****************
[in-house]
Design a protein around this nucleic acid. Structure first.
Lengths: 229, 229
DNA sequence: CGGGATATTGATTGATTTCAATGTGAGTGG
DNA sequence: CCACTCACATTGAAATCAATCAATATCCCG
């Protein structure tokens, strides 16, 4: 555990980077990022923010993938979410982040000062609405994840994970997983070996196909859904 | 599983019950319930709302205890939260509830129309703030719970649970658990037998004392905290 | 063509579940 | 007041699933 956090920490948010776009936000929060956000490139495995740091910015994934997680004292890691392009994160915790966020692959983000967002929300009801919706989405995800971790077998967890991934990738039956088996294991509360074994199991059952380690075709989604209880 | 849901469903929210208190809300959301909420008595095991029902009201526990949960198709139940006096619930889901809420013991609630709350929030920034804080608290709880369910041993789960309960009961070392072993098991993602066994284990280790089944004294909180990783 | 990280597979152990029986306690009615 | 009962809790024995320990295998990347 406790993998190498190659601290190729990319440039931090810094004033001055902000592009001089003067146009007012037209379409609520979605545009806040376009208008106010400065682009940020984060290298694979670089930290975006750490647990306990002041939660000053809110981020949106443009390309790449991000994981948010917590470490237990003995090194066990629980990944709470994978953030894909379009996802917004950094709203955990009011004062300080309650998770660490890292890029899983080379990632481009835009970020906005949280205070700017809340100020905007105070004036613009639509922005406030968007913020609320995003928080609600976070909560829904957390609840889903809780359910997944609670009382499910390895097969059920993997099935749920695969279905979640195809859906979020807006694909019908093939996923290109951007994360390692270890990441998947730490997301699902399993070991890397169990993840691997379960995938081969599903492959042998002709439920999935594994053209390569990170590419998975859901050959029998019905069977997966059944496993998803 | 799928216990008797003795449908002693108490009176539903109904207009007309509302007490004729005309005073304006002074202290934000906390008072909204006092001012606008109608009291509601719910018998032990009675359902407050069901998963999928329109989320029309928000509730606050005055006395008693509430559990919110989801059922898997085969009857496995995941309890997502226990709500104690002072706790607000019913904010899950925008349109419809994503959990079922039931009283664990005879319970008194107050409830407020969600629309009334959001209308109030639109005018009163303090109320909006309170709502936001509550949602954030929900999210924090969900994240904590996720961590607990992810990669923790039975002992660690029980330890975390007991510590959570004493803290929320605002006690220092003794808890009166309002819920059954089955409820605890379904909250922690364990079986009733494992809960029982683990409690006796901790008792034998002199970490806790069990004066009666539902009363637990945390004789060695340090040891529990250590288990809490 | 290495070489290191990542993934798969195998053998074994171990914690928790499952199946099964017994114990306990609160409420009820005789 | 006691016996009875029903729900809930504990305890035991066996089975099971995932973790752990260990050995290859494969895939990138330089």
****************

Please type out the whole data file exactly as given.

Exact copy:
[in-house]
Design a protein around this nucleic acid. Structure first.
Lengths: 229, 229
DNA sequence: CGGGATATTGATTGATTTCAATGTGAGTGG
DNA sequence: CCACTCACATTGAAATCAATCAATATCCCG
């Protein structure tokens, strides 16, 4: 555990980077990022923010993938979410982040000062609405994840994970997983070996196909859904 | 599983019950319930709302205890939260509830129309703030719970649970658990037998004392905290 | 063509579940 | 007041699933 956090920490948010776009936000929060956000490139495995740091910015994934997680004292890691392009994160915790966020692959983000967002929300009801919706989405995800971790077998967890991934990738039956088996294991509360074994199991059952380690075709989604209880 | 849901469903929210208190809300959301909420008595095991029902009201526990949960198709139940006096619930889901809420013991609630709350929030920034804080608290709880369910041993789960309960009961070392072993098991993602066994284990280790089944004294909180990783 | 990280597979152990029986306690009615 | 009962809790024995320990295998990347 406790993998190498190659601290190729990319440039931090810094004033001055902000592009001089003067146009007012037209379409609520979605545009806040376009208008106010400065682009940020984060290298694979670089930290975006750490647990306990002041939660000053809110981020949106443009390309790449991000994981948010917590470490237990003995090194066990629980990944709470994978953030894909379009996802917004950094709203955990009011004062300080309650998770660490890292890029899983080379990632481009835009970020906005949280205070700017809340100020905007105070004036613009639509922005406030968007913020609320995003928080609600976070909560829904957390609840889903809780359910997944609670009382499910390895097969059920993997099935749920695969279905979640195809859906979020807006694909019908093939996923290109951007994360390692270890990441998947730490997301699902399993070991890397169990993840691997379960995938081969599903492959042998002709439920999935594994053209390569990170590419998975859901050959029998019905069977997966059944496993998803 | 799928216990008797003795449908002693108490009176539903109904207009007309509302007490004729005309005073304006002074202290934000906390008072909204006092001012606008109608009291509601719910018998032990009675359902407050069901998963999928329109989320029309928000509730606050005055006395008693509430559990919110989801059922898997085969009857496995995941309890997502226990709500104690002072706790607000019913904010899950925008349109419809994503959990079922039931009283664990005879319970008194107050409830407020969600629309009334959001209308109030639109005018009163303090109320909006309170709502936001509550949602954030929900999210924090969900994240904590996720961590607990992810990669923790039975002992660690029980330890975390007991510590959570004493803290929320605002006690220092003794808890009166309002819920059954089955409820605890379904909250922690364990079986009733494992809960029982683990409690006796901790008792034998002199970490806790069990004066009666539902009363637990945390004789060695340090040891529990250590288990809490 | 290495070489290191990542993934798969195998053998074994171990914690928790499952199946099964017994114990306990609160409420009820005789 | 006691016996009875029903729900809930504990305890035991066996089975099971995932973790752990260990050995290859494969895939990138330089």